Including your identity.
Security & Fraud Protection
We have a vault for everything. Including your identity.
At Republic Bank, we’re committed to keeping your information confidential and secure, and we take that responsibility very seriously. We will never initiate a request for personal information—a Social Security number, password, PIN or account number—from you via email, and we strongly suggest that you never share your password, PIN or account number with anyone.
If your Republic Bank ATM or debit card is lost or stolen:
Cancel your card immediately by calling (218) 733-6466 during normal business hours or 1-800-264-5578 after hours and on weekends.
If your checkbook is lost or stolen:
Call (218) 733-6406 immediately to stop payment on the missing checks. If calling after normal business hours, please leave a message including your name, account number and the telephone number where you can be reached.
If your Republic Bank credit card is lost or stolen:
Cancel your card immediately by calling 1-800-558-3424. Additional information is available at www.elanfinancialservices.com, and at the following sites:
Other security issues to be aware of:
Texts, Pop-ups & Downloads
Be on guard against "urgent" requests and unsolicited "deals" on the Internet, click here.
They call it phishing (fishing)—a form of Internet piracy that’s aptly named, because that’s exactly what these thieves are doing: fishing for your personal financial information. They try to trick you into disclosing account numbers, PINs, passwords, Social Security numbers and other sensitive information to loot your bank accounts or run up bills on your credit cards.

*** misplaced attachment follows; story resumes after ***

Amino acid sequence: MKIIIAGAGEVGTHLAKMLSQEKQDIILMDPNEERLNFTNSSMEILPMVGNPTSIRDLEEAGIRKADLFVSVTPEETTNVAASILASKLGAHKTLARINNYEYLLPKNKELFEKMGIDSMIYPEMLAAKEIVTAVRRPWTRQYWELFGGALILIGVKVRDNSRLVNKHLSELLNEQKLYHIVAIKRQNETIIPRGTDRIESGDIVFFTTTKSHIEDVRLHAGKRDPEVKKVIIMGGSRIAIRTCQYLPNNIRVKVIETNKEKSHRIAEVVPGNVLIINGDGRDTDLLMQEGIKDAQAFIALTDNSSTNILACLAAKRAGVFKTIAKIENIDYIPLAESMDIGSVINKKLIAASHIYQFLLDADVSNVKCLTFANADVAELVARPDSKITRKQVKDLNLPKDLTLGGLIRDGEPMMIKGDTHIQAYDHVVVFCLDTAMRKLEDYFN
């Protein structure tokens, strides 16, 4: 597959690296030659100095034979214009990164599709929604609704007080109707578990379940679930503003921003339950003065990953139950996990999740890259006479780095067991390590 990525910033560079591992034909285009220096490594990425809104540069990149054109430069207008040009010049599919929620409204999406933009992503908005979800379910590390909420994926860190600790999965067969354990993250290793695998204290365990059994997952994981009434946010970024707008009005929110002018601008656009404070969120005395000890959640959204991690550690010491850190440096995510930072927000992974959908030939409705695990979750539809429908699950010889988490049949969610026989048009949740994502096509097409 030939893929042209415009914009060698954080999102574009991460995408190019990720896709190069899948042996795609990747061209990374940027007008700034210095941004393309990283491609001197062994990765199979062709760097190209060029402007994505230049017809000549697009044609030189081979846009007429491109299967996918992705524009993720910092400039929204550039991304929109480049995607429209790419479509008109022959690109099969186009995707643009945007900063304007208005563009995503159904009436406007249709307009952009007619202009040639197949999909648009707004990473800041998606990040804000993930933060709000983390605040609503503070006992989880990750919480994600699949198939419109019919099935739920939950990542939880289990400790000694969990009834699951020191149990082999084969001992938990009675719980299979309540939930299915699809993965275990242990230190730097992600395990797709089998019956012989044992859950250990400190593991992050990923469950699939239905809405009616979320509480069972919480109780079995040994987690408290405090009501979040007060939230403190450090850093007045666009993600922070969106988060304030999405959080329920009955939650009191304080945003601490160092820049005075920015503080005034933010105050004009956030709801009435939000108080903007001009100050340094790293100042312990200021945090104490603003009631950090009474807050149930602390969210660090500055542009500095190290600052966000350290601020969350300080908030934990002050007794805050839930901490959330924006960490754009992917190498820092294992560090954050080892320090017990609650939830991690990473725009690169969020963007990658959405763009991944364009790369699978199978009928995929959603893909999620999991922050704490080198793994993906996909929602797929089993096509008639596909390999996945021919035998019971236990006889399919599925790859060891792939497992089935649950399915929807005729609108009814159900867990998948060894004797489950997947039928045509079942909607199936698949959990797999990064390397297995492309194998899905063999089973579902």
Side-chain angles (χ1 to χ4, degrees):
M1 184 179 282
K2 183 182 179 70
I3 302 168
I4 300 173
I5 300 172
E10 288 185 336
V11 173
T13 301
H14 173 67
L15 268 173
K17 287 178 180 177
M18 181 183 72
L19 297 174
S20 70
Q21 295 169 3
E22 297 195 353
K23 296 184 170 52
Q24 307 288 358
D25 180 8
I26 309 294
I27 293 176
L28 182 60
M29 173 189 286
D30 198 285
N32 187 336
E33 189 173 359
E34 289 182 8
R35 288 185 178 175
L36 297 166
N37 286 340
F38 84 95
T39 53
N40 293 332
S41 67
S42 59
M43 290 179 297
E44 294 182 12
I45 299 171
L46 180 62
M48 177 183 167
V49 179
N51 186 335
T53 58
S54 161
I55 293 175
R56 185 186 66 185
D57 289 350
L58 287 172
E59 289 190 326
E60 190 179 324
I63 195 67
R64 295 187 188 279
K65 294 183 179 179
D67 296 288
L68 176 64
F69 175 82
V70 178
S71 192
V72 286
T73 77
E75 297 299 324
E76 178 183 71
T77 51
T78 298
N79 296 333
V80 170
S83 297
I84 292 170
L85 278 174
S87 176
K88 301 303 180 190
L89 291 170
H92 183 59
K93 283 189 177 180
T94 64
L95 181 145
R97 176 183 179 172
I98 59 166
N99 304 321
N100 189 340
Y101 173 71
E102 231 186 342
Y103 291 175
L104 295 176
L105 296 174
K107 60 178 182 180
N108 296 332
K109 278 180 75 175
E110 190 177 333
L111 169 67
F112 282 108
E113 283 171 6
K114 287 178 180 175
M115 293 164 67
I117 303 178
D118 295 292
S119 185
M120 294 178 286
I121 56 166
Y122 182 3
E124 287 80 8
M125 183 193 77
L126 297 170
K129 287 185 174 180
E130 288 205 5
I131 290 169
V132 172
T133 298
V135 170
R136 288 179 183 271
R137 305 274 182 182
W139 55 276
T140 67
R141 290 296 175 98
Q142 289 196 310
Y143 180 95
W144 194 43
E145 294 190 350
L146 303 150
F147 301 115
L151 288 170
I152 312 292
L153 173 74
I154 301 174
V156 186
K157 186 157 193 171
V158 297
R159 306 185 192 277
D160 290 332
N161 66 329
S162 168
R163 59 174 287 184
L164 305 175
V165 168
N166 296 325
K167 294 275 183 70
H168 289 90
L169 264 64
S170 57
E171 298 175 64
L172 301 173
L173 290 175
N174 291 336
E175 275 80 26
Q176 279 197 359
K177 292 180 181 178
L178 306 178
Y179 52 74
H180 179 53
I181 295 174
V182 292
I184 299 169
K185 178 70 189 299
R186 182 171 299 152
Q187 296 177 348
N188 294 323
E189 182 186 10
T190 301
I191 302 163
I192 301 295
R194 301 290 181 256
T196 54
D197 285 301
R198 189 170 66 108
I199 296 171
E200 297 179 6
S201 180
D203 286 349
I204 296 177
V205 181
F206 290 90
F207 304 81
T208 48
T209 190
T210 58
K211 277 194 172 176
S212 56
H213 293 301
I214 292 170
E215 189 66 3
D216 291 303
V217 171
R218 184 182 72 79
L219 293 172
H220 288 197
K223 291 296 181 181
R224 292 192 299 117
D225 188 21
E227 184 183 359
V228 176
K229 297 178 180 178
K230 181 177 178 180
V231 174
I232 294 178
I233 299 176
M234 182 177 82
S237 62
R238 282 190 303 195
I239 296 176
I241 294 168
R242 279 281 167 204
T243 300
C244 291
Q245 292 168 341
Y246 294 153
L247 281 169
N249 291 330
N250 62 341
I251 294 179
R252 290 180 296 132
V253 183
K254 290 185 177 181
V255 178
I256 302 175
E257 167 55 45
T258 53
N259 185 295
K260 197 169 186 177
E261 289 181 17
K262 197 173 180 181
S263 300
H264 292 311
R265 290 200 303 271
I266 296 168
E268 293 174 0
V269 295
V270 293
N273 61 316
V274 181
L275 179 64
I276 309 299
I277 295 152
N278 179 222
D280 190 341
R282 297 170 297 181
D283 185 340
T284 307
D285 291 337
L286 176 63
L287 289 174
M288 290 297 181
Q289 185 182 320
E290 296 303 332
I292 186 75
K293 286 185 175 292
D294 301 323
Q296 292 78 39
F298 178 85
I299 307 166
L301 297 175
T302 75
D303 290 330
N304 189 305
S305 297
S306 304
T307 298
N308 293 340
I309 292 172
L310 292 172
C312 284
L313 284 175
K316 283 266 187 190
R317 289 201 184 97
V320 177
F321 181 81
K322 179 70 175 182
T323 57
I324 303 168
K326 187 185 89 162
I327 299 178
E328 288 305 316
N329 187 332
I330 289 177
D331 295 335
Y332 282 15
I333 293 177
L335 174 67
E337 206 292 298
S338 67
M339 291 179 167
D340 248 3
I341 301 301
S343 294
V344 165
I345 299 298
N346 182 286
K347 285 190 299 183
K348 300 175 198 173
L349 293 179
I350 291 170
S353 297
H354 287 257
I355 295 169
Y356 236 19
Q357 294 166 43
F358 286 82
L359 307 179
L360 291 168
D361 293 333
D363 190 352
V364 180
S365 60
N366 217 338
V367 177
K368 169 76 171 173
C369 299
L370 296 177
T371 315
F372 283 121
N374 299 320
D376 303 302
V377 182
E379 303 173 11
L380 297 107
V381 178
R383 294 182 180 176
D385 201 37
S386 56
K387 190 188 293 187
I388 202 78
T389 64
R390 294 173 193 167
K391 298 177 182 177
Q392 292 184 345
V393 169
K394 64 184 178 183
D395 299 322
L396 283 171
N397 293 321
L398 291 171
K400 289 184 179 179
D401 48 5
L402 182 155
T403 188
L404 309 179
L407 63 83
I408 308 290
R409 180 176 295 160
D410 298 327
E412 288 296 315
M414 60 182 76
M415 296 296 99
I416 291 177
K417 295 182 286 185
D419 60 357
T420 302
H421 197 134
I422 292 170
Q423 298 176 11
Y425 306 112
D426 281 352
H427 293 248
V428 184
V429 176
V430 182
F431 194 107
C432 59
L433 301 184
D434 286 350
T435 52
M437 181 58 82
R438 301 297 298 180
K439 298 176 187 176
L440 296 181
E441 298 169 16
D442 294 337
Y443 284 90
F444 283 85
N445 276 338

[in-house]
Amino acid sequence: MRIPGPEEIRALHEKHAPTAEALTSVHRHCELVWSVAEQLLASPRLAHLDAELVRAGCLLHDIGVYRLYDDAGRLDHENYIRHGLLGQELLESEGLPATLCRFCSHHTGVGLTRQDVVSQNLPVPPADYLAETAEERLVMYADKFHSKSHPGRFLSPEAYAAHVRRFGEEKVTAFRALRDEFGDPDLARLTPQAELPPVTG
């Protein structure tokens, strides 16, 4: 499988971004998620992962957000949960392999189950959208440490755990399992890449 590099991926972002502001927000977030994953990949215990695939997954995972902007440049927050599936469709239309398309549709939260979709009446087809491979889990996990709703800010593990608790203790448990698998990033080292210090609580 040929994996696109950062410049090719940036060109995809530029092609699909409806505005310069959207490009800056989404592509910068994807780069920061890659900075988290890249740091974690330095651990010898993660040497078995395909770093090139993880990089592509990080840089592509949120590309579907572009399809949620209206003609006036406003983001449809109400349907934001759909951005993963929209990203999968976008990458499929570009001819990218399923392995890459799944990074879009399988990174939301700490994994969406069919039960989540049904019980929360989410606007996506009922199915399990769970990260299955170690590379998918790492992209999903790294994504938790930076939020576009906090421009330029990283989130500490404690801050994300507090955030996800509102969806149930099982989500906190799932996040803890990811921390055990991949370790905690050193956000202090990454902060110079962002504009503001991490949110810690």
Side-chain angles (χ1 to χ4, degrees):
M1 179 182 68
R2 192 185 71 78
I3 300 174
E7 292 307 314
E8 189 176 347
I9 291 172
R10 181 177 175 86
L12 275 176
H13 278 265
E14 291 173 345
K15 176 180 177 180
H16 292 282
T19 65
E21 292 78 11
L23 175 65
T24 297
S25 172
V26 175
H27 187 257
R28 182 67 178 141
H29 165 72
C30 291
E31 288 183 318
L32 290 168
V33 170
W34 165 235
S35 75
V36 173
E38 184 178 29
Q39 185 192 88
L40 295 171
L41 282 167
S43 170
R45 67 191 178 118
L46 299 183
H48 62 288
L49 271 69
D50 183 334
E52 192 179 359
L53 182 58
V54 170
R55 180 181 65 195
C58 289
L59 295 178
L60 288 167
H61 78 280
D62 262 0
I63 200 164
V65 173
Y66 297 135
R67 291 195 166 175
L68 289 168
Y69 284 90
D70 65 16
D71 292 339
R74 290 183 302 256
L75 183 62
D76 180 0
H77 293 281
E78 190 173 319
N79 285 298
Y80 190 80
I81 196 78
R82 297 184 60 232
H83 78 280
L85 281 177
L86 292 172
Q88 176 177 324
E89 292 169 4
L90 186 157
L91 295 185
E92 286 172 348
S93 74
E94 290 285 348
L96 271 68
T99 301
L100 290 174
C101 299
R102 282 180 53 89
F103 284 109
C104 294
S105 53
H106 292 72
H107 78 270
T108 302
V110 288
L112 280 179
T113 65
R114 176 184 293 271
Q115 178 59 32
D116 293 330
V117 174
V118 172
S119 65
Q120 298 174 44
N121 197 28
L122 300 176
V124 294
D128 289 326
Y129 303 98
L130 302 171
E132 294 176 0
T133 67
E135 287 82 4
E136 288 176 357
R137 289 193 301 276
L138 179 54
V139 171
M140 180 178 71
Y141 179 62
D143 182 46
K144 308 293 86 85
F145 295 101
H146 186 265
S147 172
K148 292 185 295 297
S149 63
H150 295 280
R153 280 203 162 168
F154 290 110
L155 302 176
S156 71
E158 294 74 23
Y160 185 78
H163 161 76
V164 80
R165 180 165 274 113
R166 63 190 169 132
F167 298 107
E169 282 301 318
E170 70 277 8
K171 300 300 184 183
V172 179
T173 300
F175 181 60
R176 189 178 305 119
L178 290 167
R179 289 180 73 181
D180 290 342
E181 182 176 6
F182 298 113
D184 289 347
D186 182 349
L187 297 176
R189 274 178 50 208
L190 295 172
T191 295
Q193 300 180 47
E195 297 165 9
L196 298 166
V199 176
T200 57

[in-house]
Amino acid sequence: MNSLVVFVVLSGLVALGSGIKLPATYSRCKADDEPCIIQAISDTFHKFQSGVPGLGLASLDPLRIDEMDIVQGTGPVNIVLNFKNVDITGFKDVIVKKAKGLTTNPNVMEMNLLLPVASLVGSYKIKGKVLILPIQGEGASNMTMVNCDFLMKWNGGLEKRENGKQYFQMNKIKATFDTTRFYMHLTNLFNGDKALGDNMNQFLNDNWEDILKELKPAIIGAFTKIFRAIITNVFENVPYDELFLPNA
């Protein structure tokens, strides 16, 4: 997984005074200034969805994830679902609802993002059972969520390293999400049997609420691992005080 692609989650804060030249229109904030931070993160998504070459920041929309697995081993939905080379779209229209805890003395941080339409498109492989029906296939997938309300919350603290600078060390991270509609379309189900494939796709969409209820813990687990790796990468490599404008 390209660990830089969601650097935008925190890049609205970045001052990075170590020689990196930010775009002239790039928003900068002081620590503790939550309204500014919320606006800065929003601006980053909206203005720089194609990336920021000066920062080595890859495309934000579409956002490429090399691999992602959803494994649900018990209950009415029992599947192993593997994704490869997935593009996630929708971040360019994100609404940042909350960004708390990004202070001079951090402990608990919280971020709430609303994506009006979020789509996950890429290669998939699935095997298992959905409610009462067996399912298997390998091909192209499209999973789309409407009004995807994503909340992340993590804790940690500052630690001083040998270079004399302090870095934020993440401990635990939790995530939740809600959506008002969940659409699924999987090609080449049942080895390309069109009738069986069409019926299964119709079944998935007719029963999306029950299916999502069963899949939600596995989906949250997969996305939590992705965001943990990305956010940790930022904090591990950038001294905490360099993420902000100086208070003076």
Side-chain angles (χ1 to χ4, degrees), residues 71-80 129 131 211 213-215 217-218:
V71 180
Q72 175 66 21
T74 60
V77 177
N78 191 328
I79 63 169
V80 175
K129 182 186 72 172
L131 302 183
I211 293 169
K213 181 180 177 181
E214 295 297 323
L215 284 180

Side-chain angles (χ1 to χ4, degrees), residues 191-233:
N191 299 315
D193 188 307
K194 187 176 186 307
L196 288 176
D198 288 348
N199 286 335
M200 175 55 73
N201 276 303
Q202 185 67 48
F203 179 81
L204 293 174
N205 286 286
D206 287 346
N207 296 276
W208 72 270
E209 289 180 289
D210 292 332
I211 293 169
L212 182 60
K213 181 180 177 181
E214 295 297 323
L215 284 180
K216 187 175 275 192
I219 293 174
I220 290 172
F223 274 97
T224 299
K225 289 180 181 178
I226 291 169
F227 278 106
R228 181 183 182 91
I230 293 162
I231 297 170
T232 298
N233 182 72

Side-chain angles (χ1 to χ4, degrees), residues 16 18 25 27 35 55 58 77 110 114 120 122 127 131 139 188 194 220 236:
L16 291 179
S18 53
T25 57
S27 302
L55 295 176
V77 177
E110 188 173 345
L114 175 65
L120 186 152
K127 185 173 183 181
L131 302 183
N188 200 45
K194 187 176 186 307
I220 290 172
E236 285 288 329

How Phishing Works
In a typical case, you receive an email that appears to come from a legitimate financial institution—it may look just like an email from Republic Bank. In other cases, the email will appear to come from a government agency such as the FDIC.
The email will probably warn you of a serious problem that requires your immediate attention or your account could be frozen or closed. The email will encourage you to click on a link so you can respond immediately. In a phishing scam, you would be redirected to a phony website that may look exactly like the real thing, or a pop-up window may appear. In either case, you will be asked to update or verify your account information by providing sensitive personal information (i.e. bank account numbers, Social Security number, PIN or password).
If you provide the requested information you may find yourself a victim of identify theft. Simply clicking on the link could infect your computer with viruses or spyware. To protect yourself, take the time to examine the claims made in the email and check its authenticity by contacting the company that appears to have sent the email. Receiving such an email does not mean your information has been compromised.
Republic Bank will never initiate an email requesting personal information, such as your Social Security number, password, PIN or account number.
How to Report Phishing
If you receive a suspicious email claiming to be from Republic Bank, please forward the email to: .
If you have replied to a phishing email and are a customer of Republic Bank, contact the bank immediately at
If you have replied to a phishing email but are not a Republic Bank customer, contact your financial institution immediately.
For more information about phishing and to view recent phishing examples, visit the Anti-Phishing Working Group website at www.antiphishing.org.
Identity theft occurs when someone steals your personal information with the intent to commit fraud. Information such as your name, date of birth, Social Security number, mother's maiden name, etc. can be used to commit several types of fraud. Identity theft can happen to anyone regardless of whether or not you use the Internet.